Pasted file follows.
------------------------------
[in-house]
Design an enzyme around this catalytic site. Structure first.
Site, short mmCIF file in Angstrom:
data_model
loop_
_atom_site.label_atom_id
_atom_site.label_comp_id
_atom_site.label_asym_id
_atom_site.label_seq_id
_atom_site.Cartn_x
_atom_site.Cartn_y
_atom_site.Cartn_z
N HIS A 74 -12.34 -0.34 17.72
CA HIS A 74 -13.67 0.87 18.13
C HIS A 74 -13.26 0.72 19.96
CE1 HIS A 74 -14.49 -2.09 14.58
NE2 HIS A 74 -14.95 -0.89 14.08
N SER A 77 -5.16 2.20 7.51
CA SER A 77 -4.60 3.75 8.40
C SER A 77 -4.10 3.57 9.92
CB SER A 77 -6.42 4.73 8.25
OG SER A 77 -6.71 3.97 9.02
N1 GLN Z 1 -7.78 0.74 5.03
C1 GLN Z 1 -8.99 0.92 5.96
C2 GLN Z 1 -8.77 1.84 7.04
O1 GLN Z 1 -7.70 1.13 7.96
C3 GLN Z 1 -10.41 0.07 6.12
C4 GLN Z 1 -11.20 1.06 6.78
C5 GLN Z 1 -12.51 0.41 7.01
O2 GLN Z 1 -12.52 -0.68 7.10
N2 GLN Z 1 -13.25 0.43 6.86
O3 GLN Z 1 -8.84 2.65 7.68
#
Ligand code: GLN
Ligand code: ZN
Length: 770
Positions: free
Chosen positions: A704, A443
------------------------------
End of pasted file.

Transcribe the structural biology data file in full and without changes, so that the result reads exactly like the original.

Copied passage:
[in-house]
Design an enzyme around this catalytic site. Structure first.
Site, short mmCIF file in Angstrom:
data_model
loop_
_atom_site.label_atom_id
_atom_site.label_comp_id
_atom_site.label_asym_id
_atom_site.label_seq_id
_atom_site.Cartn_x
_atom_site.Cartn_y
_atom_site.Cartn_z
N HIS A 74 -12.34 -0.34 17.72
CA HIS A 74 -13.67 0.87 18.13
C HIS A 74 -13.26 0.72 19.96
CE1 HIS A 74 -14.49 -2.09 14.58
NE2 HIS A 74 -14.95 -0.89 14.08
N SER A 77 -5.16 2.20 7.51
CA SER A 77 -4.60 3.75 8.40
C SER A 77 -4.10 3.57 9.92
CB SER A 77 -6.42 4.73 8.25
OG SER A 77 -6.71 3.97 9.02
N1 GLN Z 1 -7.78 0.74 5.03
C1 GLN Z 1 -8.99 0.92 5.96
C2 GLN Z 1 -8.77 1.84 7.04
O1 GLN Z 1 -7.70 1.13 7.96
C3 GLN Z 1 -10.41 0.07 6.12
C4 GLN Z 1 -11.20 1.06 6.78
C5 GLN Z 1 -12.51 0.41 7.01
O2 GLN Z 1 -12.52 -0.68 7.10
N2 GLN Z 1 -13.25 0.43 6.86
O3 GLN Z 1 -8.84 2.65 7.68
#
Ligand code: GLN
Ligand code: ZN
Length: 770
Positions: free
Chosen positions: A704, A443